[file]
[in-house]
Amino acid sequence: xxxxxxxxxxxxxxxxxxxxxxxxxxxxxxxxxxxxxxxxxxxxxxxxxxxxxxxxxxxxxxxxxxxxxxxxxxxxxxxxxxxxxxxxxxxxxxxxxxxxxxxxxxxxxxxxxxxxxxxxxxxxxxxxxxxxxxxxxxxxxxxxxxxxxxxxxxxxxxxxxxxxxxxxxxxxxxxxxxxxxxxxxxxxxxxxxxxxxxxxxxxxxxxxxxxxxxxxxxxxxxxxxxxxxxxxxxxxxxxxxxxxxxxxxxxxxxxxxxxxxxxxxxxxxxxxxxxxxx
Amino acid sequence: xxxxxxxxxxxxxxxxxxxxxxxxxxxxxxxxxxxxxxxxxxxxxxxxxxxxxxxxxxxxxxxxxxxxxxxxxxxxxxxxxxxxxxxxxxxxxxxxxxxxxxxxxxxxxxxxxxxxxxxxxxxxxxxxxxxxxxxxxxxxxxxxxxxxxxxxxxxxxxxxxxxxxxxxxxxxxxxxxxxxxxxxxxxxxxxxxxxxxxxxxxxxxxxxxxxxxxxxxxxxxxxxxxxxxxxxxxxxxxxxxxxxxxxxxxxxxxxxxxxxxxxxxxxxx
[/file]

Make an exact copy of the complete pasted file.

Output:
[in-house]
Amino acid sequence: xxxxxxxxxxxxxxxxxxxxxxxxxxxxxxxxxxxxxxxxxxxxxxxxxxxxxxxxxxxxxxxxxxxxxxxxxxxxxxxxxxxxxxxxxxxxxxxxxxxxxxxxxxxxxxxxxxxxxxxxxxxxxxxxxxxxxxxxxxxxxxxxxxxxxxxxxxxxxxxxxxxxxxxxxxxxxxxxxxxxxxxxxxxxxxxxxxxxxxxxxxxxxxxxxxxxxxxxxxxxxxxxxxxxxxxxxxxxxxxxxxxxxxxxxxxxxxxxxxxxxxxxxxxxxxxxxxxxxx
Amino acid sequence: xxxxxxxxxxxxxxxxxxxxxxxxxxxxxxxxxxxxxxxxxxxxxxxxxxxxxxxxxxxxxxxxxxxxxxxxxxxxxxxxxxxxxxxxxxxxxxxxxxxxxxxxxxxxxxxxxxxxxxxxxxxxxxxxxxxxxxxxxxxxxxxxxxxxxxxxxxxxxxxxxxxxxxxxxxxxxxxxxxxxxxxxxxxxxxxxxxxxxxxxxxxxxxxxxxxxxxxxxxxxxxxxxxxxxxxxxxxxxxxxxxxxxxxxxxxxxxxxxxxxxxxxxxxxx